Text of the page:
Air Conditioning systems consist of two separate units, one located inside and one located outside your home. The outside unit is commonly called the AC condenser because here is the condensation process happens. The air conditioner condenser cabinet houses the compressor, the condenser coil, and the fan motors and capacitors to supply power to the components.
Today we’re going to help you understand what can go wrong with the AC condenser, the common problems, and what you can do to avoid them!
What is An AC Condenser
The AC condenser located outside your home plays an essential role in the entire HVAC system. It is the component that is responsible for cooling and condensing the refrigerant vapor into liquid.
A bad AC condenser can cause many problems. For example, your air conditioner will lose the ability to cool the house. In some cases, it also causes a short-cycling process.
Sign of a bad AC condesner:
- Loud noises were coming from the outside unit.
- Significant decrease in cooling capability.
Unfortunately, when the AC condenser goes bad, it typically means that one or more parts in the condenser will have to be repair and/or replaced. Before you call the HVAC guy, try this basic AC condenser troubleshooting guide.
The Sequence of Control
The first step in troubleshooting your AC condenser is to understand how it works. The sequence of operation (also known as the sequence of control), the safety interlocks, and, in particular, what it is doing or not doing.
All of these items help to determine which course of action to take to bring your condensing unit back up to the original equipment manufacturer’s (OEM) specifications.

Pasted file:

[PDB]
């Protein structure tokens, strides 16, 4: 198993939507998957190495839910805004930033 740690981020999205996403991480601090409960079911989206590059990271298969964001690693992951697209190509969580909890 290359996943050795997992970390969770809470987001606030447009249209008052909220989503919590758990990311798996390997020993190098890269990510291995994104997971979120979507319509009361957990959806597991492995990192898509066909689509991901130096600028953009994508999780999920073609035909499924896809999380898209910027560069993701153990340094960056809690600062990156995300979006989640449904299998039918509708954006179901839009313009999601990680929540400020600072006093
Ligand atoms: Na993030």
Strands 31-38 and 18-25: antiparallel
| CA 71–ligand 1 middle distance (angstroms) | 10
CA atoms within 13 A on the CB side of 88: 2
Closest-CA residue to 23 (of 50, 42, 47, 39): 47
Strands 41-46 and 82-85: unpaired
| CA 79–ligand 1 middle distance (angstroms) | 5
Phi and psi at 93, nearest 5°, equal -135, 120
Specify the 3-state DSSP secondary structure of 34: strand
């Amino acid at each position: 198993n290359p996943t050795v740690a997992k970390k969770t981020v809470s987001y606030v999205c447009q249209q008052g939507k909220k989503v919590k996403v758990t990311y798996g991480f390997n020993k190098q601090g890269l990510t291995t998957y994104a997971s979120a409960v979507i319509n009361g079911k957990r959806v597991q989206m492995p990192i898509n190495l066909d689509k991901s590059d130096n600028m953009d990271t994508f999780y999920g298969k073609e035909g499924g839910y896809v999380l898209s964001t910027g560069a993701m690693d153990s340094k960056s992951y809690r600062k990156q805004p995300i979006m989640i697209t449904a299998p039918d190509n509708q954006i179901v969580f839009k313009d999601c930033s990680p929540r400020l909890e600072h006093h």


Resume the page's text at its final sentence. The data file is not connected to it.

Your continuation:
The procedures outlined below works for a heat pump as well for the most part, but heat pumps will not be discussed here.
Inside the AC condensing unit access panel, there is the control voltage system (normally the smaller wires) and the line voltage system (normally the larger wires). The control voltage in residential condensing units is 24 volts and begins at the thermostat.
As the name implies, the control voltage controls the relays and the safeties in the condenser. The line voltage in a residential air conditioner condenser is 120 or 240 volts. The line voltage begins at the electrical disconnect (normally mounted on the wall next to the condenser) and provides the operating power for the compressor and fan.
The sequence of control is the logic that your AC condenser follows to operate successfully. Some of the events are electronic, and others are mechanical. It all starts and ends with the thermostat. If all the events that follow the initial call for cooling are completed in the correct order, the condensing unit will operate and keep your home cool and crisp.
Every manufacturer has a sequence that is similar but could be different than what is described here.
The sequence is summarized as:
- A call for cooling
- Start condenser fan motor and compressor
- Start AHU (Air Handling Unit) fan
- Cool the home
- Satisfy thermostat
- System shut-down
The thermostat starts the cooling process, so make sure you have set it in the “cooling” mode, and the setpoint is lower than the room temperature. It sounds stupid to check the thermostat but just verify for yourself.
The thermostat will close its contacts and send the 24-volt control voltage to the condensing unit compressor relay, which energizes the compressor and fan inside the condensing unit.